Pear Therapeutics is going public in a $1.6 billion SPAC deal. Its projected revenue reveals just how hard it is to make money with a doctor-prescribed app.

Pear Therapeutics is going public in a $1.6 billion SPAC deal. Its projected revenue reveals just how hard it is to make money with a doctor-prescribed app.

  • Pear Therapeutics, which makes apps to treat substance abuse and insomnia, is going public through a SPAC deal. 
  • Companies like Pear are experiencing slow commercial launches due to a lack of insurance reimbursement. 
  • The company is hoping to boost revenue from $4 million this year to $125 million in 2023.
  • See more stories on Insider’s business page.

One of the first companies to develop an app that doctors can prescribe to patients is going public at a $1.6 billion valuation. 

Pear Therapeutics, which is based in Boston, is merging with special purpose acquisition company Thimble Point Acquisition Corp., the duo announced Tuesday. 

The $276 million that Thimble Point raised in an initial public offering earlier in 2021 will be turned over to Pear. The company will also get $125 million in additional financing from the Neuberger Berman funds and the Pritzker Vlock Family Office in the form of a private investment in public equity, or “PIPE”.

In all, Pear will get $400 million in fresh capital through the deal.

Pear is one of the leaders in a new field called

digital therapeutics
, which are cell phone apps, video games, and other electronics that have been clinically tested and proven to improve a person’s health. The company sells three products that have been cleared by the Food and Drug Administration for substance abuse and insomnia. 

The hope has been that getting the FDA to sign off on these products will allow companies like Pear and Akili Interactive to get reimbursement from health insurers. But both companies are still trying to convince payers that these therapies are effective and long-lasting

Even with three FDA-cleared products, Pear is expecting to have just $4 million in revenue in 2021. It hopes to grow that to $125 million by 2023. 

“We presented the opportunity for Pear to lead the category it created. We believe our leadership position in the rapidly emerging prescription digital therapeutics category will allow for significant revenue ramp in the next few years,” Chief Operating Officer Chris Guiffre said. 

Pear wants to ‘lead the category it created’

Prior to announcing its plans to go public via

, Pear in March closed a $100 million Series D round that included investors SoftBank, 5AM Ventures and Novartis.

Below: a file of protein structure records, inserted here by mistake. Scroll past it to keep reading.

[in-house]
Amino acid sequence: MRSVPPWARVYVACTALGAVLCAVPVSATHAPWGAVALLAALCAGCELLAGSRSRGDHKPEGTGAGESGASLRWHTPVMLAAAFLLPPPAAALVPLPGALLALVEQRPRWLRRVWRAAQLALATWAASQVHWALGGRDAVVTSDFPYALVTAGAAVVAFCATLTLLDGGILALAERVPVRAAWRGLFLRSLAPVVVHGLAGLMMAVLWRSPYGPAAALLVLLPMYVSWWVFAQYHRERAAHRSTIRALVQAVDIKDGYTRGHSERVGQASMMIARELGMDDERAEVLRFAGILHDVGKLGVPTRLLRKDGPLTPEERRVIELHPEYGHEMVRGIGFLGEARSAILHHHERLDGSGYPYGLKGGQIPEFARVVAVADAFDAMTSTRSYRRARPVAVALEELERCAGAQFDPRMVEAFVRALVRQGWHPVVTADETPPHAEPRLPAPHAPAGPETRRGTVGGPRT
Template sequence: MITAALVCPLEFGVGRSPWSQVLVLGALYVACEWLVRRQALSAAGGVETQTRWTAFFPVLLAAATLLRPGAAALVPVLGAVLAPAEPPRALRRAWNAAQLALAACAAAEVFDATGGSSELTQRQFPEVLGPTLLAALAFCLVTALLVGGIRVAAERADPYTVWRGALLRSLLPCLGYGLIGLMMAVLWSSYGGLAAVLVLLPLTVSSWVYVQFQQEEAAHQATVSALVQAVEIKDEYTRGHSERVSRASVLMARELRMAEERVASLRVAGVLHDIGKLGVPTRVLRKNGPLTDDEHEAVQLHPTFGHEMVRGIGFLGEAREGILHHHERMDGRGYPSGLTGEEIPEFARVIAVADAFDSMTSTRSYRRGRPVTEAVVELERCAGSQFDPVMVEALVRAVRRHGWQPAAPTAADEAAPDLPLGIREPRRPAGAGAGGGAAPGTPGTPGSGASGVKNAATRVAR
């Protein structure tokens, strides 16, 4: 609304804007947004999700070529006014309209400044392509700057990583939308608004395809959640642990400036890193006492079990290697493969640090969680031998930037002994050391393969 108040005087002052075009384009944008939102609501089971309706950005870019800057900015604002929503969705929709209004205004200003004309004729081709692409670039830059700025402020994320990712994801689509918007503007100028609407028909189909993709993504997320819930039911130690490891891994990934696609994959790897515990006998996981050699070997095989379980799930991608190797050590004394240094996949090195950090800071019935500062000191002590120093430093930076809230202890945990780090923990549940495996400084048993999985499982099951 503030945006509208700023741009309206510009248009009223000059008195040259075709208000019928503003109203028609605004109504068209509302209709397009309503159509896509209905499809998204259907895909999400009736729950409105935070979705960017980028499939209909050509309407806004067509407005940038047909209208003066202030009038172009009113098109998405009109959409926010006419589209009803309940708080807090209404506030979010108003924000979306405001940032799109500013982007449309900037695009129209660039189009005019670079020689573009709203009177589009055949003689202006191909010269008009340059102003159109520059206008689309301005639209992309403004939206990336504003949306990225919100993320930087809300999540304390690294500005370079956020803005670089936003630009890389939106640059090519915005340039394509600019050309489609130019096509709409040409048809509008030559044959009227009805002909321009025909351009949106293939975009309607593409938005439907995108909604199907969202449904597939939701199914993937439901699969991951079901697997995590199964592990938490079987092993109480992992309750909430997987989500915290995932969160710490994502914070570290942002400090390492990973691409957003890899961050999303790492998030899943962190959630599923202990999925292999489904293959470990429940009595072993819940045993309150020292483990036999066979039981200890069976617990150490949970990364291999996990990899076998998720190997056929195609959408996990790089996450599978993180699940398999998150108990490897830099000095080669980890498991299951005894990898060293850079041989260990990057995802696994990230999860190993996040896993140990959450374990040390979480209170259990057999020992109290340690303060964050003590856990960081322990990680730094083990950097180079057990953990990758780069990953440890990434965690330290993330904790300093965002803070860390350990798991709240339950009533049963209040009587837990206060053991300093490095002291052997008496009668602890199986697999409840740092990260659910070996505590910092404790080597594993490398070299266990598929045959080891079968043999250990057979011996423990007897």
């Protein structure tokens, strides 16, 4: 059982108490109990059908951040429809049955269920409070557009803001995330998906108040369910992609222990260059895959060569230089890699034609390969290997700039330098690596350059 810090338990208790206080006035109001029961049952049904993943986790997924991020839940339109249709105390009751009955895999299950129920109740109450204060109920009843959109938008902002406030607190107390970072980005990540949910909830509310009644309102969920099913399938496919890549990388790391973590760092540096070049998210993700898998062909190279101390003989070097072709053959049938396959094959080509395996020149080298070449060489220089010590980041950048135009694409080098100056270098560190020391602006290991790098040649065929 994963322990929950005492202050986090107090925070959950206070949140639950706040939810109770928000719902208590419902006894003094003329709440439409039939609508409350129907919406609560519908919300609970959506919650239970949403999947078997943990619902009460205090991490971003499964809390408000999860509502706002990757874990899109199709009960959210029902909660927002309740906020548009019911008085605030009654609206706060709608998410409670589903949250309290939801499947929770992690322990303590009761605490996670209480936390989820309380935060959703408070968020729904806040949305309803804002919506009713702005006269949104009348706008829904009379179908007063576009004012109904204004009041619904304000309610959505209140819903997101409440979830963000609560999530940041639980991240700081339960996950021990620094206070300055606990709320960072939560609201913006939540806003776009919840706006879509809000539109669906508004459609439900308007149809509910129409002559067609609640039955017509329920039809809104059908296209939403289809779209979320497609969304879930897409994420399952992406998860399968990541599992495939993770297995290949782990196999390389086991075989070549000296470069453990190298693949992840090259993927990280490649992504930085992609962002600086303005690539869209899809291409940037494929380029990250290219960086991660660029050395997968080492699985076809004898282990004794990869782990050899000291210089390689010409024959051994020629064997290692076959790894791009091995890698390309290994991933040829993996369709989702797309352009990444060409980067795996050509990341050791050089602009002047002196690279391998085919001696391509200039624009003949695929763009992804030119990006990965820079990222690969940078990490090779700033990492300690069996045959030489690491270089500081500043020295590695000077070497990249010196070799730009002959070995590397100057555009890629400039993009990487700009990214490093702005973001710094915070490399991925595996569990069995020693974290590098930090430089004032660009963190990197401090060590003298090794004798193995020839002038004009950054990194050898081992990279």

The $1.6 billion valuation attached to its SPAC deal puts Pear at the head of its rivals in terms of funding raised.

In May, fellow digital therapeutics company Akili raised new financing at a valuation between $516 million and $774 million, according to a person involved in the investment round.  And in April,

-focused digital therapeutics company Better Therapeutics announced that it was going public via SPAC at a $187 million valuation.

Pear has persuaded 15 pharmacy benefit managers, self-insured employers and mental health and addiction departments for states like Indiana and Ohio to cover its app, Guiffre said. It has even launched a pilot program with Tufts Health Plan and a study with Kaiser. 

Pear has launched its commercial products with a small salesforce, after investor Novartis actually backed out of the pair’s substance abuse product collaboration 2019 (Another joint effort on a was hit with a clinical trial failure in January).

Akili also started with a small launch for its prescription video game for attention deficit hyperactivity disorder, or ADHD. Its game is currently not covered by insurers. 

The addiction and insomnia app developer had multiple SPAC suitors

There are dozens of healthcare SPACs looking for acquisition targets before a 24-month-window to spend capital closes. 

But SPACs are a tough sell for biotech and pharmaceutical companies, which can successfully go public via traditional IPO, investors and industry executives told Insider

So, health tech and digital therapeutics companies have become popular SPAC targets. 

Pear has been approached by multiple SPACs since the start of the year, Guiffre said. He declined to name them.

The Thimble Point merger is expected to close in the second half of 2021.

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